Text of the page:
DeFrantz would not be ostracized by the USOC for her challenge to the boycott. She was hired by Peter Ueberroth as a vice president of the 1984 Olympic Games in Los Angeles, where she served as chief administrator for the Olympic Village. When she was elected to the IOC in 1986, she was selected over Ueberroth, who was the commissioner of Major League Baseball at the time, and swimming champion/sports reporter Donna de Varona. This made DeFrantz just the fifth woman on the 93-member IOC, as well as the first African American and first American woman on the committee. The appointment is for life and makes DeFrantz a voting member until she is 75. In 1997 she became the organization's first female vice president, a position she held until 2001.
While she serves on the boards of several organizations, one of DeFrantz's larger responsibilities is serving as president and board member of the Amateur Athletic Foundation of Los Angeles (AAFLA). The Los Angeles Olympic Games had a $230 million profit, from which $93 million went to form the AAFLA. The foundation grants funds to youth sports organizations and has created the largest sports library in North America. At the same time, DeFrantz's work with the IOC and USOC has made her an important figure in Olympic planning and management for nearly two decades. For the 1992 games in Barcelona she was in charge of the Olympic Village housing project and served on the program and eligibility commissions. She would later be part of the Atlanta Committee for the Olympic Games and the Salt Lake City Olympic Organizing Committee.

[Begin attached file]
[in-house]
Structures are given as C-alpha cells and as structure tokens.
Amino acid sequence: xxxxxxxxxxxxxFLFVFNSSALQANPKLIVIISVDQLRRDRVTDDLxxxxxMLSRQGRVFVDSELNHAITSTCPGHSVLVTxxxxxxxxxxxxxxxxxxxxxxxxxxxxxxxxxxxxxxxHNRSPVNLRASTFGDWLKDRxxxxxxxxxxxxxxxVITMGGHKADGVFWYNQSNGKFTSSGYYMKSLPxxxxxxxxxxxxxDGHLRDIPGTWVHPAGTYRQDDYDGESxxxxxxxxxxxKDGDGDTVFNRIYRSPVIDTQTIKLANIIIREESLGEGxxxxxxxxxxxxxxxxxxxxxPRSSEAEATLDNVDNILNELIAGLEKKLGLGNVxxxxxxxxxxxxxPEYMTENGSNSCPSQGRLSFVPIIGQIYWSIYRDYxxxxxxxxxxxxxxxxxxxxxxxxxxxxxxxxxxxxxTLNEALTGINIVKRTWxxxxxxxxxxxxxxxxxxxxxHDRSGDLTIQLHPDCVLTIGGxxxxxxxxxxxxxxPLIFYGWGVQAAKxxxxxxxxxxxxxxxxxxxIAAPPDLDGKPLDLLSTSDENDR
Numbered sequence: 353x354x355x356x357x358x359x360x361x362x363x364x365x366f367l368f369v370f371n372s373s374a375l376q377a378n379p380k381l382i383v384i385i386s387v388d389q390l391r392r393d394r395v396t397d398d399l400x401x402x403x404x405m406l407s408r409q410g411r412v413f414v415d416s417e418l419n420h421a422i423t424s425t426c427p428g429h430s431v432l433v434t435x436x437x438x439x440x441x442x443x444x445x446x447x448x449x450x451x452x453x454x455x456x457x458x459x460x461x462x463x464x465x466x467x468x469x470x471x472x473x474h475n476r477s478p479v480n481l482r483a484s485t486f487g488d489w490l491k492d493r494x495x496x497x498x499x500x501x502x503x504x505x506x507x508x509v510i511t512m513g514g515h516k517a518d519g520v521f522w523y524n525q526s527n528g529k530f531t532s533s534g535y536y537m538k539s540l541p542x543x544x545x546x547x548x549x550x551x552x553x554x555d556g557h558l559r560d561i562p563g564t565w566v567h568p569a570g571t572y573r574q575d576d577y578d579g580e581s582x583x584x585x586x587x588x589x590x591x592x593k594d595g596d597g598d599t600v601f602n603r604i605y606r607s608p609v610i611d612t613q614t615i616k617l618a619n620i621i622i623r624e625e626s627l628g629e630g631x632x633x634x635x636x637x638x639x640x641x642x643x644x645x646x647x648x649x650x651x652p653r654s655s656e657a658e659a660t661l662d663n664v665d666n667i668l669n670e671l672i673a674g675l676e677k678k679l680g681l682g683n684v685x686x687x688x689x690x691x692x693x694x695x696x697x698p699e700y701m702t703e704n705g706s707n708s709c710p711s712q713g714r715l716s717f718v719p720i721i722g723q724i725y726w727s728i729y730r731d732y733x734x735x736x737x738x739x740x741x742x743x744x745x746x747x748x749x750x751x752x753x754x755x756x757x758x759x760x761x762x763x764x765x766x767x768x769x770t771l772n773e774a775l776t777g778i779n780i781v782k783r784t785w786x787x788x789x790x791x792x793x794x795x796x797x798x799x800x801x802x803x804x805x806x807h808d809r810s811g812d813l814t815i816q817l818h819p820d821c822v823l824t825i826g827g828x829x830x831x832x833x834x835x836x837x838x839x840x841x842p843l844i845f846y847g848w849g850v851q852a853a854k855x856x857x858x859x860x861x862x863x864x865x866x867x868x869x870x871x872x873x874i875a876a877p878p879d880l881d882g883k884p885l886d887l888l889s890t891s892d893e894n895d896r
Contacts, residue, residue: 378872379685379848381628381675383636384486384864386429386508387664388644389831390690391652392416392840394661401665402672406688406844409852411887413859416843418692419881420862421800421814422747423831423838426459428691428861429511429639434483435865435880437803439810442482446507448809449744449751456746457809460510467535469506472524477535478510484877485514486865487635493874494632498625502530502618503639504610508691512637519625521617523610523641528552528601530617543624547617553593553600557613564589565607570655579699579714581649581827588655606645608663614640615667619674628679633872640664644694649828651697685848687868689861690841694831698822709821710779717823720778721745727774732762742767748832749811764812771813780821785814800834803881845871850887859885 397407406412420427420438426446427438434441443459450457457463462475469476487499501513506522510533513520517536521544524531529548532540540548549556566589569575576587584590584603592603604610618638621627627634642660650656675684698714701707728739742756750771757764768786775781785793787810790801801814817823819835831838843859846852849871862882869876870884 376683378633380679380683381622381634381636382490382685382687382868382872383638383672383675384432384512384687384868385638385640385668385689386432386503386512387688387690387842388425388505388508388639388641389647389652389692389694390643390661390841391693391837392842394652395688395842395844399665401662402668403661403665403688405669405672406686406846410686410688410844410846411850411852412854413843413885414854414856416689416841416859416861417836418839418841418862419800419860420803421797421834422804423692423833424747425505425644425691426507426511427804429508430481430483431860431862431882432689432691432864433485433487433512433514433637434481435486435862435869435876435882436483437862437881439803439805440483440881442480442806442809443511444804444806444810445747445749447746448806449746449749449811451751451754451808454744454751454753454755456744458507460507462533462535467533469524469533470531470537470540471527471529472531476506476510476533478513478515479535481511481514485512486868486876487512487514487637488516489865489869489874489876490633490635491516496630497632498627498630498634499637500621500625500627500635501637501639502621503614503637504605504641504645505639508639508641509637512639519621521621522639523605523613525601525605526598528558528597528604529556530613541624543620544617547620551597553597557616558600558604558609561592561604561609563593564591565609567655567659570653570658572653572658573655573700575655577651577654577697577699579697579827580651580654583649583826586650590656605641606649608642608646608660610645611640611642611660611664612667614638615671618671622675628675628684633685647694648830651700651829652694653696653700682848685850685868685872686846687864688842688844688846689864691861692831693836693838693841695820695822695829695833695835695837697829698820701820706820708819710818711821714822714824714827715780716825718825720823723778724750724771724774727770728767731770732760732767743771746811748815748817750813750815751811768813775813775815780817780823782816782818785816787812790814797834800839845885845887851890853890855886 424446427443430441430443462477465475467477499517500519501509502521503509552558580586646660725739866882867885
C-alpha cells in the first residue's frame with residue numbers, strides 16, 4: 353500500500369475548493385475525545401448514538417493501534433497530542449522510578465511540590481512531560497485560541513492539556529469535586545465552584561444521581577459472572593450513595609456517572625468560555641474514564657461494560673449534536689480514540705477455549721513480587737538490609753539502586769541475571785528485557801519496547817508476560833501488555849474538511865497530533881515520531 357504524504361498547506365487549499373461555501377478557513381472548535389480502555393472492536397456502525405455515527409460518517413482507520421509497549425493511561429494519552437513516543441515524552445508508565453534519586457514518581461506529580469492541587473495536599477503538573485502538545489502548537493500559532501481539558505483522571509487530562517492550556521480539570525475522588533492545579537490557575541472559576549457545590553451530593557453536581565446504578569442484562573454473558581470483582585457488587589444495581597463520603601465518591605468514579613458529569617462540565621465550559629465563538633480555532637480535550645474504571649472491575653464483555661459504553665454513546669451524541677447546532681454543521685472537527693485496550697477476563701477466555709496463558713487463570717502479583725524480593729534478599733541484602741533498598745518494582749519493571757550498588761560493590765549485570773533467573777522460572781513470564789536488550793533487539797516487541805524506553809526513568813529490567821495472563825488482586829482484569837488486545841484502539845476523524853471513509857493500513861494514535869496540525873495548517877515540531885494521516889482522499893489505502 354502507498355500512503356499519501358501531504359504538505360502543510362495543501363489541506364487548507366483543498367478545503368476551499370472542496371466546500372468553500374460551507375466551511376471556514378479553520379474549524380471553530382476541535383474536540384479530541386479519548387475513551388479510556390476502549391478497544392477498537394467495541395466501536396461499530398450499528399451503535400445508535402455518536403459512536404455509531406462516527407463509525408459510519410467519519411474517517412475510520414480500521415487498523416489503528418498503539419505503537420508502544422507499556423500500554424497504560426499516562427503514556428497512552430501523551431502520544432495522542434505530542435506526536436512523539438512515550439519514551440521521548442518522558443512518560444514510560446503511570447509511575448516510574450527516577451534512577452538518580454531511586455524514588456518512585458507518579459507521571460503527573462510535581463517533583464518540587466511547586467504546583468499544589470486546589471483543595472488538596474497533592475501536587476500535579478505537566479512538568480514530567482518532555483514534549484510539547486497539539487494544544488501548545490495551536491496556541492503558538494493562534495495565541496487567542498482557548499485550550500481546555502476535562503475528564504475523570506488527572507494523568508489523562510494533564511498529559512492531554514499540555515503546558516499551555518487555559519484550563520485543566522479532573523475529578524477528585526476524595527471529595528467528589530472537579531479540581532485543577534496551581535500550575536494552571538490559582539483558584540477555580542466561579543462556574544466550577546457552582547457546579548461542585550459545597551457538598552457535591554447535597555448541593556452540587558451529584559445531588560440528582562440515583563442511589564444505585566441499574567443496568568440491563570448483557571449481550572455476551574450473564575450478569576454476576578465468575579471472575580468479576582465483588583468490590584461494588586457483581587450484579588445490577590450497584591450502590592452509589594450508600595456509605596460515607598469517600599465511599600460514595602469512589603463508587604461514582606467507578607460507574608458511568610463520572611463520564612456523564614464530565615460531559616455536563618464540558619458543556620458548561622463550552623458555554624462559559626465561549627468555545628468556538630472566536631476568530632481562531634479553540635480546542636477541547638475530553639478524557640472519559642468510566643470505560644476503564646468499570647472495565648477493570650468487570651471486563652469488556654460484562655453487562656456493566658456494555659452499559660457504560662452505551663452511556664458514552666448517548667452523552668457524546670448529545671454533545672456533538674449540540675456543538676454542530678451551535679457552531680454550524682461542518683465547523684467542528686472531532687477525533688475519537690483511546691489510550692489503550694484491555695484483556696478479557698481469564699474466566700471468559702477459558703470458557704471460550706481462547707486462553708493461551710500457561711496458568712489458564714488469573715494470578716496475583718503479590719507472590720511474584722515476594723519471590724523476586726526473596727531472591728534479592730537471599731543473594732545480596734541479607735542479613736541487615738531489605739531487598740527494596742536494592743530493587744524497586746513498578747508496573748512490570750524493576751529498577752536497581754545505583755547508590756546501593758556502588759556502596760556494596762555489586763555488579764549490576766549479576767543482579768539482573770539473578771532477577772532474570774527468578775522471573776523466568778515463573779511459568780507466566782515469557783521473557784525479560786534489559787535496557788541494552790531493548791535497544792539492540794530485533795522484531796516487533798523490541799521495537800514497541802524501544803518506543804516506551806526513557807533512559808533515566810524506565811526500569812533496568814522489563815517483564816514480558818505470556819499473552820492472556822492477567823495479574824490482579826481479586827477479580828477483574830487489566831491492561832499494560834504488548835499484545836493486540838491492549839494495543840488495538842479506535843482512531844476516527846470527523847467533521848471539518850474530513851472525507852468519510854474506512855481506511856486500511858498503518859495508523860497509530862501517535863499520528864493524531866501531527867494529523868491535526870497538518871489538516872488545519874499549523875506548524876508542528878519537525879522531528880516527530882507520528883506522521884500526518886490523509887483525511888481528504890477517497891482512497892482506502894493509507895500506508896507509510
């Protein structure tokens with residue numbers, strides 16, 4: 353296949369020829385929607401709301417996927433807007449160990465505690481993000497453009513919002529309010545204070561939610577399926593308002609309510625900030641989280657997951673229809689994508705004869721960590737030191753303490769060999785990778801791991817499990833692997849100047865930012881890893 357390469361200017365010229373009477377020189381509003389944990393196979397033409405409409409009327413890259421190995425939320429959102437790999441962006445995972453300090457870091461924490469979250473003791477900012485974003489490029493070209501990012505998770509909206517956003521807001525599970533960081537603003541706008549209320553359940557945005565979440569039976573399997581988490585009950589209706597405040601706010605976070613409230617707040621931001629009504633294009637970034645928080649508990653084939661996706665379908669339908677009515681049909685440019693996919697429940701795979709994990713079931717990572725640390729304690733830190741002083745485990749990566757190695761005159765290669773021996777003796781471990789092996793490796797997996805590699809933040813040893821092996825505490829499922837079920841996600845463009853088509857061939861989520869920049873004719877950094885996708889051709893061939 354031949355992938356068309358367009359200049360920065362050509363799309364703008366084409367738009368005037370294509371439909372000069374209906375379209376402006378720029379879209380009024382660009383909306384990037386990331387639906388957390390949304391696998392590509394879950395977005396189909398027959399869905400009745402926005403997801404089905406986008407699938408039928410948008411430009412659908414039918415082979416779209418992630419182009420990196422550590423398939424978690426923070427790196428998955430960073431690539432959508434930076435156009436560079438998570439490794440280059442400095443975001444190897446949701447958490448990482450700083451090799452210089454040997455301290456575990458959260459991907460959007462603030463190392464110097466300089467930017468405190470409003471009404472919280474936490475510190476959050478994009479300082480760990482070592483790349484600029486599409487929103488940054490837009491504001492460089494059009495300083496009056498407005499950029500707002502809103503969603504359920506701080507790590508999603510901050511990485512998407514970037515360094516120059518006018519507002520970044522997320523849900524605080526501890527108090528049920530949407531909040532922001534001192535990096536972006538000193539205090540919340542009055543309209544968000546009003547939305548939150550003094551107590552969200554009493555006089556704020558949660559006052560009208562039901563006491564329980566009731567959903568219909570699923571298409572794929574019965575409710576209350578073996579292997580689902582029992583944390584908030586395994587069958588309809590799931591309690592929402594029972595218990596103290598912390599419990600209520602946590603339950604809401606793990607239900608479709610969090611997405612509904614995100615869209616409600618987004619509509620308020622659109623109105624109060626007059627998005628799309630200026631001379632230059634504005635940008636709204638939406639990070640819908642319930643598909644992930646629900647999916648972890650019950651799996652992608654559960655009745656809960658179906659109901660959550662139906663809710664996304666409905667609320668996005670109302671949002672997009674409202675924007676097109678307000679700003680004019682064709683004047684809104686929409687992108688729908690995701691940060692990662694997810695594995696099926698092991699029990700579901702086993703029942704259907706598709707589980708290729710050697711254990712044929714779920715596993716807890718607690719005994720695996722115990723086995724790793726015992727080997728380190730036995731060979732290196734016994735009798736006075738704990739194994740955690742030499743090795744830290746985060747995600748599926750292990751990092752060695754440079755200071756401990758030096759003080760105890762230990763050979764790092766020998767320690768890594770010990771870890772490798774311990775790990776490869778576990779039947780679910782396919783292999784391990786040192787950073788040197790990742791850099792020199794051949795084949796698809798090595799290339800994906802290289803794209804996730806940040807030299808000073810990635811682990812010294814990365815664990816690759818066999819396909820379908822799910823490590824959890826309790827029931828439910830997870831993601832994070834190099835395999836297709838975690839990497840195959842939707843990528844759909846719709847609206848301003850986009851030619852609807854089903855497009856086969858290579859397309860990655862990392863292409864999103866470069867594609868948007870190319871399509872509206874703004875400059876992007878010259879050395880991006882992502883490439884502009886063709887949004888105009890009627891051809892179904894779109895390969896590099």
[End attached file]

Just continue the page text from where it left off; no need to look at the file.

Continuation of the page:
Throughout her work, DeFrantz has tried to create gender equity for female athletes and sports managers. She helped put women's soccer and softball in the Olympics and led the way in creating an IOC policy requiring that women make up at least ten percent of the board and national Olympic committees. In 2001, with the endorsement of the USOC, she sought to become the first female and black president of the IOC. Despite being arguably the most influential female administrator in sports, DeFrantz was considered a long shot and was eliminated in the first round of voting. News reports explained that she lost votes because some members wanted to block the election of controversial candidate Kim Un-Yong of South Korea, who was said to have been shopping for votes. Jacques Rogge of Belgium was elected to replace Juan Antonio Samaranch as president.
Having begun her involvement in sports in rowing, a field dominated by whites, and then making an unpopular challenge to the U.S. boycott of the 1980 Olympics, Anita DeFrantz started her career as an outsider. She has since been highly successful in advancing the rights of all athletes and widening opportunities for children, women, and minorities in sports. Although she has sought to upset the status quo in sports, DeFrantz has been happy working within some of the oldest and most tradition-bound institutions. As a member of the IOC and the USOC, as well as many other sports organizations, she has been involved in a staggering number of athletic events and a wide range of policy developments. Her achievements make her a pioneer among American women and African Americans.
Address: Amateur Athletic Foundation of Los Angeles, 2141 W. Adams Blvd., Los Angeles, CA 90018. Phone:(213) 730-9614.
Sketch by Paula Pyzik Scott